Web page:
More of a small startup compared to its and Ok Cupid competition, Meet Moi may not boast as large an audience, but its select participation may actually work in its favor.The company’s goal is to “strip down dating to what's essential — the introduction.” By showing you nearby singles who meet your dating criteria, Meet Moi hopes to lead you to a real-life connection.There may be, at most, a line or two of personal description ("Always down to binge on Netflix," "I say YES to life! You swipe left to reject and move on to the next photo, or swipe right to express a liking, at which point you message the other or "keep playing," in the app's gamelike jargon.And thanks to the GPS connection, you know instantly if that guy with the come-hither eyes or the girl with the plunging neckline is just a block away.Instead of seeing someone’s picture in the app before trying to find them in the room (damn those group photo shots!), you’re more likely to see them in the flesh first, and you turn to the app to find their profile and indicate your interest.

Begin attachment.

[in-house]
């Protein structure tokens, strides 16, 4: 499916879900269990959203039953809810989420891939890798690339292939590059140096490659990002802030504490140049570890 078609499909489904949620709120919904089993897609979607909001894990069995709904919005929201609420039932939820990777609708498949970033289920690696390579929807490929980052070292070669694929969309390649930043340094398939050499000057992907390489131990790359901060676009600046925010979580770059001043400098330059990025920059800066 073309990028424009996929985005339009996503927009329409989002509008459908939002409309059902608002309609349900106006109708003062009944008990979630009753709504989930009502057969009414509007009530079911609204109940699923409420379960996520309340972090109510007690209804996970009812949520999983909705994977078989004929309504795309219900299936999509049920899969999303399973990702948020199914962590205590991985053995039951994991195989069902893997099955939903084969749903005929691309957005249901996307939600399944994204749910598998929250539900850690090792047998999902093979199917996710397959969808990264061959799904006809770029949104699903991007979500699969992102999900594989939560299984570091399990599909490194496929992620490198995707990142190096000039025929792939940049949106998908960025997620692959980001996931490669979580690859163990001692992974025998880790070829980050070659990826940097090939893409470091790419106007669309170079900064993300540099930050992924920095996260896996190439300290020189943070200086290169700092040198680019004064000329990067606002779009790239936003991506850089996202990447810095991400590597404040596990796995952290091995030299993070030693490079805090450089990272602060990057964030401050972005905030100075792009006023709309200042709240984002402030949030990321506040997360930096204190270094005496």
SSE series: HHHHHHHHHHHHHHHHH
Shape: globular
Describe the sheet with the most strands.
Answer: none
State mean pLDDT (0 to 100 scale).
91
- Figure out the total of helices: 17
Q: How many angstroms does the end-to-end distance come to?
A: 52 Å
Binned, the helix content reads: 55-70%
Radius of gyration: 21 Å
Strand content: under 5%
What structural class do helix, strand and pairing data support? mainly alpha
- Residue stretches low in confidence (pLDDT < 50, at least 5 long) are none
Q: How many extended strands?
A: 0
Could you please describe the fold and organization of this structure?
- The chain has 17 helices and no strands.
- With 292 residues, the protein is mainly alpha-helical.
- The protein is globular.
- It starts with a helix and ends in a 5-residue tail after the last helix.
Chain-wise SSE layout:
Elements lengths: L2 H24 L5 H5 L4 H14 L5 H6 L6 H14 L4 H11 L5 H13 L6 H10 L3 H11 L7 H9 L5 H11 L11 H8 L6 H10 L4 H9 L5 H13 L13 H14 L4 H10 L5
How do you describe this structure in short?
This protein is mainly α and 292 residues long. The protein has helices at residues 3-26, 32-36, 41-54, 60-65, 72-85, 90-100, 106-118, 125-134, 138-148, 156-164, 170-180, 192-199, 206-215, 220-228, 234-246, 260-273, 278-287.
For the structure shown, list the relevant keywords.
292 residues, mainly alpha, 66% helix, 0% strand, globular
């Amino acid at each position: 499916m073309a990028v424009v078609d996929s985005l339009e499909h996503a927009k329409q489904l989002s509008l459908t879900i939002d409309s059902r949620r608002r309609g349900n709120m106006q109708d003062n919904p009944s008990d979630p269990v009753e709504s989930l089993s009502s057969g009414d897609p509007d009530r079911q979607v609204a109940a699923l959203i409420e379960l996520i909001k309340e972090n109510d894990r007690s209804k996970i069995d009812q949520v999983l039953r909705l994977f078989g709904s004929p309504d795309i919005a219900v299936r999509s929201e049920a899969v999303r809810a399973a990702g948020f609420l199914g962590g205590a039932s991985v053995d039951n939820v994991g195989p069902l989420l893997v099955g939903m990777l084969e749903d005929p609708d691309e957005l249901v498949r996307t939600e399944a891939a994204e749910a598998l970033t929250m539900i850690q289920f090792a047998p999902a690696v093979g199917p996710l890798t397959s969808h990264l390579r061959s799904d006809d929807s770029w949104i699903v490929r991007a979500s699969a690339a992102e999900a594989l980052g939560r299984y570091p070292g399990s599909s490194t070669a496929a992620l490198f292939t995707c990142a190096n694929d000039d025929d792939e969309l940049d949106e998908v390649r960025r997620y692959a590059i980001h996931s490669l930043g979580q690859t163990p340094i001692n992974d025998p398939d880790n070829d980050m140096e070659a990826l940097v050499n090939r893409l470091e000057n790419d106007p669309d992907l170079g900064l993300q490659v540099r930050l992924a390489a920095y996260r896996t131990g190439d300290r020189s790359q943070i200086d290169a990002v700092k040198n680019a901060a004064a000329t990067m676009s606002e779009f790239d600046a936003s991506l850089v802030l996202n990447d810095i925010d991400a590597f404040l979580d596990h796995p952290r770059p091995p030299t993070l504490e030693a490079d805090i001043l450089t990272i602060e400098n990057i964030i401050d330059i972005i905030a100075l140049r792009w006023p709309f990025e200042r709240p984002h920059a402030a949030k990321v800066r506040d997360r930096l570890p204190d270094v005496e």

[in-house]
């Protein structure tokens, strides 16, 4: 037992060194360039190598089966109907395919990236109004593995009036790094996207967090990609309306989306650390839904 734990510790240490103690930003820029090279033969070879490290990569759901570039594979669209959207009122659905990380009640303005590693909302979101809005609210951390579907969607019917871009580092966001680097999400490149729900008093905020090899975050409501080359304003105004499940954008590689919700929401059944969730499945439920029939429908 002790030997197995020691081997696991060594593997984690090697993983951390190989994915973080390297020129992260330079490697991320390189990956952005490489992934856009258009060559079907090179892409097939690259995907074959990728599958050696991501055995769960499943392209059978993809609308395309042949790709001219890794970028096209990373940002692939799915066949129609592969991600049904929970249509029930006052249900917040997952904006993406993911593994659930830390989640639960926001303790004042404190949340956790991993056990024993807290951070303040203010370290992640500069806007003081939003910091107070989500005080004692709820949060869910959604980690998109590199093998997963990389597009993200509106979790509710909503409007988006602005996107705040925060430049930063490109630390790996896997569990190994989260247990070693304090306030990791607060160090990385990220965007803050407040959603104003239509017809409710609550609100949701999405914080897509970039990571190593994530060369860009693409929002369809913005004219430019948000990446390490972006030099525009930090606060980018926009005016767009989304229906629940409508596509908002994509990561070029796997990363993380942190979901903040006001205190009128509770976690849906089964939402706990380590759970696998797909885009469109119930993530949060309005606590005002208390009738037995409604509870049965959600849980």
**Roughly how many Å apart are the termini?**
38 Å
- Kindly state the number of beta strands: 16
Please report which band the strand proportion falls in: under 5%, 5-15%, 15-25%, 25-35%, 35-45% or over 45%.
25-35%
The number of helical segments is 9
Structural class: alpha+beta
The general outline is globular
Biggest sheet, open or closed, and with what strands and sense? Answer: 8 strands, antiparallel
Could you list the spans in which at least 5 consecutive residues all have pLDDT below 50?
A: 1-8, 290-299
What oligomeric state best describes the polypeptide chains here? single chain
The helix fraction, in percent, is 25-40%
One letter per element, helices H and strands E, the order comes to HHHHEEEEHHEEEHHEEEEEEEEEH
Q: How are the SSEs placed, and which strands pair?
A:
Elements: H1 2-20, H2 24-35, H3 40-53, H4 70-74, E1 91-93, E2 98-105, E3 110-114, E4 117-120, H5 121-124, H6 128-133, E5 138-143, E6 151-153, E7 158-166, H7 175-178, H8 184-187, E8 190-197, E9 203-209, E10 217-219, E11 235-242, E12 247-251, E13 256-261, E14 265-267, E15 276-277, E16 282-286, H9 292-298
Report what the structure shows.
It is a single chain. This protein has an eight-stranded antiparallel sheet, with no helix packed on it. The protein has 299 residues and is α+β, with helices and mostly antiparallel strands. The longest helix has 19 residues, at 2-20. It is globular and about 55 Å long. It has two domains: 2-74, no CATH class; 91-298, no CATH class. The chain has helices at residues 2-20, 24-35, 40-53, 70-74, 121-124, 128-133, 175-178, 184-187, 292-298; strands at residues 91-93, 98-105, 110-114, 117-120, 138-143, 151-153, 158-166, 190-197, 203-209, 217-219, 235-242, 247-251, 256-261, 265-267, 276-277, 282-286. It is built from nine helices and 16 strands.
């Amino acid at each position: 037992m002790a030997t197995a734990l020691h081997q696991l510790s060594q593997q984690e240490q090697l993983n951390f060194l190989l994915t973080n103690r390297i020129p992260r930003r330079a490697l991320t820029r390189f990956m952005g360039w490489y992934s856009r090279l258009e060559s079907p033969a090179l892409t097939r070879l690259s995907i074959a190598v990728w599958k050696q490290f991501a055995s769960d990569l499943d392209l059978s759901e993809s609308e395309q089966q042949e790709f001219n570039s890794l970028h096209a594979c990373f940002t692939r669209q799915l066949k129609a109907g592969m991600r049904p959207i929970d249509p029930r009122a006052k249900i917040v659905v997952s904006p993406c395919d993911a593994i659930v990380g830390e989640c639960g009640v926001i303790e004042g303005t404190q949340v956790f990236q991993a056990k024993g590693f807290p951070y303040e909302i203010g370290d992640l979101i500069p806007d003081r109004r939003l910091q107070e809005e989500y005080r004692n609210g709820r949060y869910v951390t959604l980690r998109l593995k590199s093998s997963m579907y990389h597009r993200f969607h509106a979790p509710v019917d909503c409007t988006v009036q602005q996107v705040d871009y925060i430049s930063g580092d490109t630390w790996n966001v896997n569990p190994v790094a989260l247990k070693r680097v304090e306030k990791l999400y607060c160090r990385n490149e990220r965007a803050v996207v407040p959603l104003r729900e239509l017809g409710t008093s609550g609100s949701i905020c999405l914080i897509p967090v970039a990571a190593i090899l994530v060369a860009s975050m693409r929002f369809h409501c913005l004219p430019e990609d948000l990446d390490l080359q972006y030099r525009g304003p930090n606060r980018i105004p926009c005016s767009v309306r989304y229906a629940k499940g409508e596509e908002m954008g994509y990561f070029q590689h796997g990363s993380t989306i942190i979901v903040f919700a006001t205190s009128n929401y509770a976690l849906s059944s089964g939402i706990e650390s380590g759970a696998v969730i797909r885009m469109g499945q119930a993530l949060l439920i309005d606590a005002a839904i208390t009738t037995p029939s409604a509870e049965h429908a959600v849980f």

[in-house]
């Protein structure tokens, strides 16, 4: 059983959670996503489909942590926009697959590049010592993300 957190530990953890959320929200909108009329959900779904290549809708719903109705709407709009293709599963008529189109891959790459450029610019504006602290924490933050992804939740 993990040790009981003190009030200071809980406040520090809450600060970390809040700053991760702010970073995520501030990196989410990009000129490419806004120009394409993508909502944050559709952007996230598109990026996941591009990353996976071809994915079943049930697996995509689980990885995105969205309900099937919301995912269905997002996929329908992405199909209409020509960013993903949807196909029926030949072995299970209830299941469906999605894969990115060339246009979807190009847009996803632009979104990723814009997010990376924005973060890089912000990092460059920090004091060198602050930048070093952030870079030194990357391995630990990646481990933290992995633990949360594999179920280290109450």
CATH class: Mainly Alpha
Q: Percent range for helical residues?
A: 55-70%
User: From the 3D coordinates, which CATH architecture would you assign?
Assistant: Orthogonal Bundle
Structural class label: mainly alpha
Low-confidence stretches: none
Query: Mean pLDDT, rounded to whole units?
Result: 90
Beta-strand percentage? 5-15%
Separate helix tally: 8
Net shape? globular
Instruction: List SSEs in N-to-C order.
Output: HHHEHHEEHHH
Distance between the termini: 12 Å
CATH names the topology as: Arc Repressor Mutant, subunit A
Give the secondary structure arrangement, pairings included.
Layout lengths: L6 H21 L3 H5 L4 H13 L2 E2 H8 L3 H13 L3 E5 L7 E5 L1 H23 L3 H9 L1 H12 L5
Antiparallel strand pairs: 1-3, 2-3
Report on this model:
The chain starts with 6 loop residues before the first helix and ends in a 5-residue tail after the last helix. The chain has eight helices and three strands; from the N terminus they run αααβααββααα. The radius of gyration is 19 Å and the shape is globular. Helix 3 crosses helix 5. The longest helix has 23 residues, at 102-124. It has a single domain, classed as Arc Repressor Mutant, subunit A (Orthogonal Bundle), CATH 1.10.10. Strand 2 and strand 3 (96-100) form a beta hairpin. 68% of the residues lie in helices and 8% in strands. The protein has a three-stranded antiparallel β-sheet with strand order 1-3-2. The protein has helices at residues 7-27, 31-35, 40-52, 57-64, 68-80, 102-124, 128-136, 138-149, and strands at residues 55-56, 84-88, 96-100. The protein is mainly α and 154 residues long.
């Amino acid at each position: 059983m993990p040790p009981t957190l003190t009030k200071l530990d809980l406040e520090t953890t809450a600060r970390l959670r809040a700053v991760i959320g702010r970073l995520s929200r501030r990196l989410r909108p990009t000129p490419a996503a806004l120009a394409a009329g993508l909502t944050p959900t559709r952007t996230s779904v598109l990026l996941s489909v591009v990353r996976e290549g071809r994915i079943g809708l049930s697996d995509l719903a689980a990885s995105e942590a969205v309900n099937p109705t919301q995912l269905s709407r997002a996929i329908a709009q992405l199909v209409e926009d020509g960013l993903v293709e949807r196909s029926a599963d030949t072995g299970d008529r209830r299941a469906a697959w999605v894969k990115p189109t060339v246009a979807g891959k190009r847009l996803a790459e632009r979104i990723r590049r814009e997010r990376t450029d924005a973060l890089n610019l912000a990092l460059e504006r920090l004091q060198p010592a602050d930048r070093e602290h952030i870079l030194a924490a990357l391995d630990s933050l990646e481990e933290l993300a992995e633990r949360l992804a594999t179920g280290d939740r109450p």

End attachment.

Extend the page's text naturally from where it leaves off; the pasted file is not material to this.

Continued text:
But most of the time, the Tinder experience will consist of flicking through profiles like channels on the television.Tinder actually has one of the best user interfaces of any dating app around.The photos are large, the app is — comparatively speaking — svelte, and setting up your profile is pretty painless. Also, no one can message you unless you have also expressed an interest in them, which means you get no unsolicited messages.Mingleton is also similar to Catalyst, except the latter uses the check-in model (like Foursquare), as opposed to BLE.The idea of tapping into BLE flips the idea of mobile dating apps on its head.